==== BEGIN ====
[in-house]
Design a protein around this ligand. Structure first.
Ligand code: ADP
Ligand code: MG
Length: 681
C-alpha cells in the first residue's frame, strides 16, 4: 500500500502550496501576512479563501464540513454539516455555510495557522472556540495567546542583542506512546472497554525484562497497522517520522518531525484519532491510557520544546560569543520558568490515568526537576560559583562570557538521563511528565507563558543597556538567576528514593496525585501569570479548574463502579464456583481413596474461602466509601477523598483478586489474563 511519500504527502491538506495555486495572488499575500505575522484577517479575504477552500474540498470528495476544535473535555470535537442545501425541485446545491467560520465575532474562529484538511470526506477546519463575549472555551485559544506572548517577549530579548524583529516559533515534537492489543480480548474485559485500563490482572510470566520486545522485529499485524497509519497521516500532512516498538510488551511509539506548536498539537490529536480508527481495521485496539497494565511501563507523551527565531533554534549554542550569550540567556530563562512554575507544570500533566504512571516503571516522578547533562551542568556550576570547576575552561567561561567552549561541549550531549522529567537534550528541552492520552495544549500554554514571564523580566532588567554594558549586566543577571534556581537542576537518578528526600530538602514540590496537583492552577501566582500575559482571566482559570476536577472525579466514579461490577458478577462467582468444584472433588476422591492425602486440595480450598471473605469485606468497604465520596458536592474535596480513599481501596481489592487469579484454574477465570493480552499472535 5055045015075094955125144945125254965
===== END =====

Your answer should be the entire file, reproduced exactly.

[in-house]
Design a protein around this ligand. Structure first.
Ligand code: ADP
Ligand code: MG
Length: 681
C-alpha cells in the first residue's frame, strides 16, 4: 500500500502550496501576512479563501464540513454539516455555510495557522472556540495567546542583542506512546472497554525484562497497522517520522518531525484519532491510557520544546560569543520558568490515568526537576560559583562570557538521563511528565507563558543597556538567576528514593496525585501569570479548574463502579464456583481413596474461602466509601477523598483478586489474563 511519500504527502491538506495555486495572488499575500505575522484577517479575504477552500474540498470528495476544535473535555470535537442545501425541485446545491467560520465575532474562529484538511470526506477546519463575549472555551485559544506572548517577549530579548524583529516559533515534537492489543480480548474485559485500563490482572510470566520486545522485529499485524497509519497521516500532512516498538510488551511509539506548536498539537490529536480508527481495521485496539497494565511501563507523551527565531533554534549554542550569550540567556530563562512554575507544570500533566504512571516503571516522578547533562551542568556550576570547576575552561567561561567552549561541549550531549522529567537534550528541552492520552495544549500554554514571564523580566532588567554594558549586566543577571534556581537542576537518578528526600530538602514540590496537583492552577501566582500575559482571566482559570476536577472525579466514579461490577458478577462467582468444584472433588476422591492425602486440595480450598471473605469485606468497604465520596458536592474535596480513599481501596481489592487469579484454574477465570493480552499472535 5055045015075094955125144945125254965